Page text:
Eric Arthur Blair, popularly known as George Orwell, rose to fame as an English novelist, essayist, journalist, and critic. His writing is noted for its clarity, social critique, opposition to tyranny, and support for democratic socialism. His writings included literary criticism, poetry, fiction and polemical journalism.

George Orwell was born on 25 June 1903 at Motihari, Bengal Presidency, British India. Charles Blair, his great-grandfather, was a well-to-do country gentleman from Dorset who married Lady Mary Fane, the 8th Earl of Westmorland’s daughter. Blair was also the absentee owner of Jamaican plantations. Thomas Richard Arthur Blair, his grandpa, was a priest in the Anglican Church. Richard Walmesley Blair, Orwell’s father, looked after the cultivation and storage of opium for export to China while employed by the Indian Civil Service as a Sub-Deputy Opium Agent. His mother Ida Mabel Blair (née Limouzin) grew up in Moulmein, Burma, where her French father engaged in speculative activities. He had two sisters, Marjorie, older than him by 5 years and Avril, younger to him by years.

Eric’s mother, Ida, relocated to Henley-on-Thames in Oxfordshire in 1904 with her children. Eric Blair ( George Orwell) didn’t get to meet his father until 1912 except for a brief visit in mid-1907. Eric and his sister, Marjorie were enrolled in a Roman Catholic Convent under the administration of French Ursuline nuns.Blair received a scholarship to St. Cyprian’s School in Eastbourne, East Sussex, thanks to Charles Limouzin’s social connections. He was in the boarding school for five years, starting from September 1911. After completing his schooling, he joined as an Imperial Policeman in Burma and later,returned home to Suffolk to start his writing career, using George Orwell as his pen name. He earned a meager income by submitting journalistic pieces, and working as a teacher and a bookseller in London. He achieved success as a writer between late 1920s and 1930s as his books were published.

Upon his return to England, his first episode of ill health was caused by a wound he sustained while fighting in the Spanish Civil War. He served as a journalist and a BBC employee during the Second World War. Fame came to him during his lifetime as a result of the publication of Animal Farm. He worked on Nineteen Eighty-Four in his final years, commuting between London and Jura in Scotland. Less than a year before his passing, in June 1949, it was published.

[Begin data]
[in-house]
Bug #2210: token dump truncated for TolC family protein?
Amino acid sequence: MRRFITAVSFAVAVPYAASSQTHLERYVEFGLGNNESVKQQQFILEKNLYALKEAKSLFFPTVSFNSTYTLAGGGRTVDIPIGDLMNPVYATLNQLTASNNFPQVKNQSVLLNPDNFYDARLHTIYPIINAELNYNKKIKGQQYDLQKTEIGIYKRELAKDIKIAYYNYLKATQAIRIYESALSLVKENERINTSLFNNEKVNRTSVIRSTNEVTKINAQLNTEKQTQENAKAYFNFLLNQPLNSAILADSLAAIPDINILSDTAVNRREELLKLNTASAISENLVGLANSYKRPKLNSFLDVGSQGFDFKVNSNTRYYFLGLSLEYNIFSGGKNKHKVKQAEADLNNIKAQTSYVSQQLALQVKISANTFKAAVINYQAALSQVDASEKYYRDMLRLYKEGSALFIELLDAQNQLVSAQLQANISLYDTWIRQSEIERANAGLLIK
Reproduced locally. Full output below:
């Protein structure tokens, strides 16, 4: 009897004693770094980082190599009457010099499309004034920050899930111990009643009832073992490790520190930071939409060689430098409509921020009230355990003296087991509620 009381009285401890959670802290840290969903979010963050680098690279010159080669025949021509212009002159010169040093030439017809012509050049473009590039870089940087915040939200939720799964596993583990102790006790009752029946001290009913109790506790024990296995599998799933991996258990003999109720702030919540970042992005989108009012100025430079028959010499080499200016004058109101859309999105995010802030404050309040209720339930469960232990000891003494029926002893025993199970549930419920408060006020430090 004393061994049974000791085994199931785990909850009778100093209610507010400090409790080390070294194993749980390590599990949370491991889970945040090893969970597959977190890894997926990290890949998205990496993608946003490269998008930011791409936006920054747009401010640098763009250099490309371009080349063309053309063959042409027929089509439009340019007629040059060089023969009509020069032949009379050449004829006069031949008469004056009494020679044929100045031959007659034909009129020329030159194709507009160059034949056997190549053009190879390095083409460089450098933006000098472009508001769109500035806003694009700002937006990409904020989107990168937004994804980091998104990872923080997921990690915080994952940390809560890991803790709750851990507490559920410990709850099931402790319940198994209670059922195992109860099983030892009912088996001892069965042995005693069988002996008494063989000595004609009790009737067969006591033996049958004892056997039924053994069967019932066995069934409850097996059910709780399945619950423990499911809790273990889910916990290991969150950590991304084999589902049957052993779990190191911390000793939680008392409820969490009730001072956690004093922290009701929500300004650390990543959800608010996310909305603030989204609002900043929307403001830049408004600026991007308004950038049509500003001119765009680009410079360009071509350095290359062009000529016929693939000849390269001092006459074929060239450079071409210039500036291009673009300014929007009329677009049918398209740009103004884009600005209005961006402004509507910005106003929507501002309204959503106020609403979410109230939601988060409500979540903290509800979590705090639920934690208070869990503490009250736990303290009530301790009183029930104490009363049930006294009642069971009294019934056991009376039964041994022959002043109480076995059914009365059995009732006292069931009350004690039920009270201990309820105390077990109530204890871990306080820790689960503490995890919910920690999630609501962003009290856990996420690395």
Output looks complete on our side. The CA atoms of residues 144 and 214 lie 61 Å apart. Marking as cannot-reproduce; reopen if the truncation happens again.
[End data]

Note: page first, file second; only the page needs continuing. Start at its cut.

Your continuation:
He married Eileen O’Shaughnessy in 1936 who died in 1945 and later married Sonia Brownell in 1949. By this time, his health started deteriorating as he had contracted tuberculosis.

Finally, he bade farewell to this world on 21 January 1950 (aged 46) in London, England. His books are still some of the most cherished, priceless treasures of English literature.

His noteworthy books :


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Matsuo Bashō


Matsuo Bashō , a renowned Japanese poet, whom we associate with Haiku, a highly popular form of poetry, was born as Matsuo Kinsaku in the year 1644 ,near Ueno, in Iga Province. Later on, he went by the name, Matsuo Chūemon Munefusa during Edo period. After centuries of discussion, Basho is now regarded as the greatest haiku master. During his lifetime, Bash was lauded for his works in the collaborative haikai no renga style (then called hokku).

A Traditional Japanese Haiku consists of three phrases made of 17 phonetic units or syllables, usually written as 5-7-5 including a cutting word called Kireji and a seasonal reference called Kigo. The poems which don’t follow these pattern come under the category called Senryu.

Basho also rose to fame with his travel essays and published ‘Records of a Weather-Exposed Skeleton (1684)’ after traveling West to Kyoto and Nara. The poetry of Matsuo Bash is well known throughout the world, and in Japan, many of his works are depicted on traditional buildings and monuments. Although Bash is well-known in the West for his hokku, he felt that leading and taking part in renku was where he produced his best work.